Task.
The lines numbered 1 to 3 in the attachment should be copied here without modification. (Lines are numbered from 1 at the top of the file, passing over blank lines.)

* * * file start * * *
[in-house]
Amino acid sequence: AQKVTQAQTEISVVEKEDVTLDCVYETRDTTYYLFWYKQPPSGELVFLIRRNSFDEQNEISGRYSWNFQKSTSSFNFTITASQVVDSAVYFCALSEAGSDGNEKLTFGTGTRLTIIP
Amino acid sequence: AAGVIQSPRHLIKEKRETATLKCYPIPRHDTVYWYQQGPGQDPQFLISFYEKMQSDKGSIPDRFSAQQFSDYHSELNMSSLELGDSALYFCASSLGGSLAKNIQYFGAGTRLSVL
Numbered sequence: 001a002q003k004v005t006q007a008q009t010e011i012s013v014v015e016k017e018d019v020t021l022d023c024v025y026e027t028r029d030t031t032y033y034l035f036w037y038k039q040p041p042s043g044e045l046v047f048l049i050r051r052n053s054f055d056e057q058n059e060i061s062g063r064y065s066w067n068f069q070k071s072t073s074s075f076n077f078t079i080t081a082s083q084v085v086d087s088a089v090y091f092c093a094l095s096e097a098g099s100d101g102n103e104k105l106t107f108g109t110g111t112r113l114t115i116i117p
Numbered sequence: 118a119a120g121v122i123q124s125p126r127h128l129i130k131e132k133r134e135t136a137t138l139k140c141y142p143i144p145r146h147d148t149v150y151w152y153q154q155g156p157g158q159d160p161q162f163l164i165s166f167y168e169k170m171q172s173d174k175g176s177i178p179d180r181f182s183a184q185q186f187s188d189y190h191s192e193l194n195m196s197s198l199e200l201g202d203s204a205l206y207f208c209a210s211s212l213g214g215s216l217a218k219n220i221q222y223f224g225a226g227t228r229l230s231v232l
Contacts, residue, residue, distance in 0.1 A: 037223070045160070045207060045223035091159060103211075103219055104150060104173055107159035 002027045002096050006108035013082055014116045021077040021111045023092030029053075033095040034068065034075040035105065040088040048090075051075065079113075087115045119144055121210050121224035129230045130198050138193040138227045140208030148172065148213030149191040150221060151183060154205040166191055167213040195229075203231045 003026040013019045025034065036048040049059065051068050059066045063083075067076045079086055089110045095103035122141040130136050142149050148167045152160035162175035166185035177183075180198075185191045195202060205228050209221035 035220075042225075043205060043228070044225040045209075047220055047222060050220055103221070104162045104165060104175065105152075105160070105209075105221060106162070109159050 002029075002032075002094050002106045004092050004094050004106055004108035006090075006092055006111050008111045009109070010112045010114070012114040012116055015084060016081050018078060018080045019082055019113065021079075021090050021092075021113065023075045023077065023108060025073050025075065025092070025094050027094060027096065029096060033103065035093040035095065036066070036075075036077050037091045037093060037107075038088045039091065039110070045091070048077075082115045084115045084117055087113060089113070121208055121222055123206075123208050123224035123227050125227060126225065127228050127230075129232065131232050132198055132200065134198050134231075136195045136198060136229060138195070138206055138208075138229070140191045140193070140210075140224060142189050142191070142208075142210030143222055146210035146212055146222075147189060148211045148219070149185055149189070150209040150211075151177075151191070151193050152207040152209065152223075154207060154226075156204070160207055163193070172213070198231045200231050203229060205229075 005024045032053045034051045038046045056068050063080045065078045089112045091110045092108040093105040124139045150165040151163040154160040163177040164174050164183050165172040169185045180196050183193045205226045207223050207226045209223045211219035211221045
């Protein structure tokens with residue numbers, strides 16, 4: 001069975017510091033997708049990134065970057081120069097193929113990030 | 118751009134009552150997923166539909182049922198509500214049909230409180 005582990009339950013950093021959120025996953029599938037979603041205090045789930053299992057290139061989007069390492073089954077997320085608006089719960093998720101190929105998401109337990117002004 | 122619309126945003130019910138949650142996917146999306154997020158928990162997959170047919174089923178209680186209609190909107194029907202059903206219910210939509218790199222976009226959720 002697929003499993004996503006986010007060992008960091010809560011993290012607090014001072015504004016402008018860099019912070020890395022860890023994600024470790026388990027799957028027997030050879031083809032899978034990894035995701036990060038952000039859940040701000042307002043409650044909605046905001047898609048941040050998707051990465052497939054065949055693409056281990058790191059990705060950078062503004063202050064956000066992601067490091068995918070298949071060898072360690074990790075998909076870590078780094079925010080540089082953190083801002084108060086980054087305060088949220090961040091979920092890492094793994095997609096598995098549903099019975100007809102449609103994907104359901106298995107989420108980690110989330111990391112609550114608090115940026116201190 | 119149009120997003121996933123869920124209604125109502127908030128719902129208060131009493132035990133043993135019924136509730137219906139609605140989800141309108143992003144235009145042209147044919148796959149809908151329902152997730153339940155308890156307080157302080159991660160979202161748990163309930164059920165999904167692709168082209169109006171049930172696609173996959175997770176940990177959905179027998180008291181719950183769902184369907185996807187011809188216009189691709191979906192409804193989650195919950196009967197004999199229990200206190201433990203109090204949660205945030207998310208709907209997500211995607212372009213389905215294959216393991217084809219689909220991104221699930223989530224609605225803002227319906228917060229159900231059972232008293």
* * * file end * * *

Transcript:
[in-house]
Amino acid sequence: AQKVTQAQTEISVVEKEDVTLDCVYETRDTTYYLFWYKQPPSGELVFLIRRNSFDEQNEISGRYSWNFQKSTSSFNFTITASQVVDSAVYFCALSEAGSDGNEKLTFGTGTRLTIIP
Amino acid sequence: AAGVIQSPRHLIKEKRETATLKCYPIPRHDTVYWYQQGPGQDPQFLISFYEKMQSDKGSIPDRFSAQQFSDYHSELNMSSLELGDSALYFCASSLGGSLAKNIQYFGAGTRLSVL